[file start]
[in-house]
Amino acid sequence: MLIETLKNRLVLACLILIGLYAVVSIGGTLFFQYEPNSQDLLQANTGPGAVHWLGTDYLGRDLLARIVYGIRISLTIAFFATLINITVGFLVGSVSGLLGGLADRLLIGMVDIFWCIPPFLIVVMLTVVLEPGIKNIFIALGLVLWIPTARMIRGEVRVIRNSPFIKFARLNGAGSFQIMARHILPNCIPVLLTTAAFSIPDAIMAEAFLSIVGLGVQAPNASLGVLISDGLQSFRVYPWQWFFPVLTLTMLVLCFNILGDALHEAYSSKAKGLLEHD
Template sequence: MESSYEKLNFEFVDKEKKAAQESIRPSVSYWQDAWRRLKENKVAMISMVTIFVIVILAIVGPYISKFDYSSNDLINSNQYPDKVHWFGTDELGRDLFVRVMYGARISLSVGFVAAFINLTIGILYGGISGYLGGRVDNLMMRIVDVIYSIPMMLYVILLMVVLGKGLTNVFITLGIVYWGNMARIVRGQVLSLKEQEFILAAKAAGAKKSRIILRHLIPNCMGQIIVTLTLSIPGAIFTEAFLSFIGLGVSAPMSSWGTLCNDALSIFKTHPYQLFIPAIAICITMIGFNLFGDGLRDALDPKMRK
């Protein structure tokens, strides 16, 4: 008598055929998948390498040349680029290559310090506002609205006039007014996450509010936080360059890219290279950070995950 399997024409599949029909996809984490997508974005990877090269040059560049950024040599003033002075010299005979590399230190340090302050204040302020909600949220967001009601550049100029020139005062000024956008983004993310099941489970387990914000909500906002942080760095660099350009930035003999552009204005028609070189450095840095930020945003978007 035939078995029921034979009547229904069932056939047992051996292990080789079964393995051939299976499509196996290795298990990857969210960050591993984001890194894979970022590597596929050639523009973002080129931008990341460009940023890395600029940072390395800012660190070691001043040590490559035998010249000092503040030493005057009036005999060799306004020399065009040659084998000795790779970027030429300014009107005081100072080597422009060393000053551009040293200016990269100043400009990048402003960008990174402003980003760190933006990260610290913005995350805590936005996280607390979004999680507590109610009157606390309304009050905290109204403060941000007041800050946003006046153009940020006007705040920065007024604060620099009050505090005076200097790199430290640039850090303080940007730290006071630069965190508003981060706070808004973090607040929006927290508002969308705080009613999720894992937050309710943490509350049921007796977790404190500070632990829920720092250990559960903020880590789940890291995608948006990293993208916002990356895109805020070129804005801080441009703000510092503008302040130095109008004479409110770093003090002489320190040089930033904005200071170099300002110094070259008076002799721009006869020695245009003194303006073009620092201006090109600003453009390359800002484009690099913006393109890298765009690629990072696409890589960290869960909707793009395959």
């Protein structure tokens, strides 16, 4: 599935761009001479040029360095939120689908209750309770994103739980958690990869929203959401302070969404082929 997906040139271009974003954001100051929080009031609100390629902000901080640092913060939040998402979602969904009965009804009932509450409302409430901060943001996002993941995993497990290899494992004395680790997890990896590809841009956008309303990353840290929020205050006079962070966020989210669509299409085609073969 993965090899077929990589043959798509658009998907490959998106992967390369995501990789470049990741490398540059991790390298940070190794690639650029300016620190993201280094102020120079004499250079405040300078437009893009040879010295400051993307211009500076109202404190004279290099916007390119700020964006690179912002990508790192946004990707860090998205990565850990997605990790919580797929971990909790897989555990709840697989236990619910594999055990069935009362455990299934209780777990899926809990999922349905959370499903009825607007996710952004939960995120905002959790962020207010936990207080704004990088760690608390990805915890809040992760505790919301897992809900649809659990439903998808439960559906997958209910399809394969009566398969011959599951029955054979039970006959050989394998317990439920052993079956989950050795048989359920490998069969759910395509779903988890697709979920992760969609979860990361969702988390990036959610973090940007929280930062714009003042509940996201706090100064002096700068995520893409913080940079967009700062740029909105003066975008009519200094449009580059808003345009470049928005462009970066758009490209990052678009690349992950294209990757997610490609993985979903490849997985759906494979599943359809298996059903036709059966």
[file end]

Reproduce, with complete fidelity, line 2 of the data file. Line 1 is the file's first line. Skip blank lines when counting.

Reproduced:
Amino acid sequence: MLIETLKNRLVLACLILIGLYAVVSIGGTLFFQYEPNSQDLLQANTGPGAVHWLGTDYLGRDLLARIVYGIRISLTIAFFATLINITVGFLVGSVSGLLGGLADRLLIGMVDIFWCIPPFLIVVMLTVVLEPGIKNIFIALGLVLWIPTARMIRGEVRVIRNSPFIKFARLNGAGSFQIMARHILPNCIPVLLTTAAFSIPDAIMAEAFLSIVGLGVQAPNASLGVLISDGLQSFRVYPWQWFFPVLTLTMLVLCFNILGDALHEAYSSKAKGLLEHD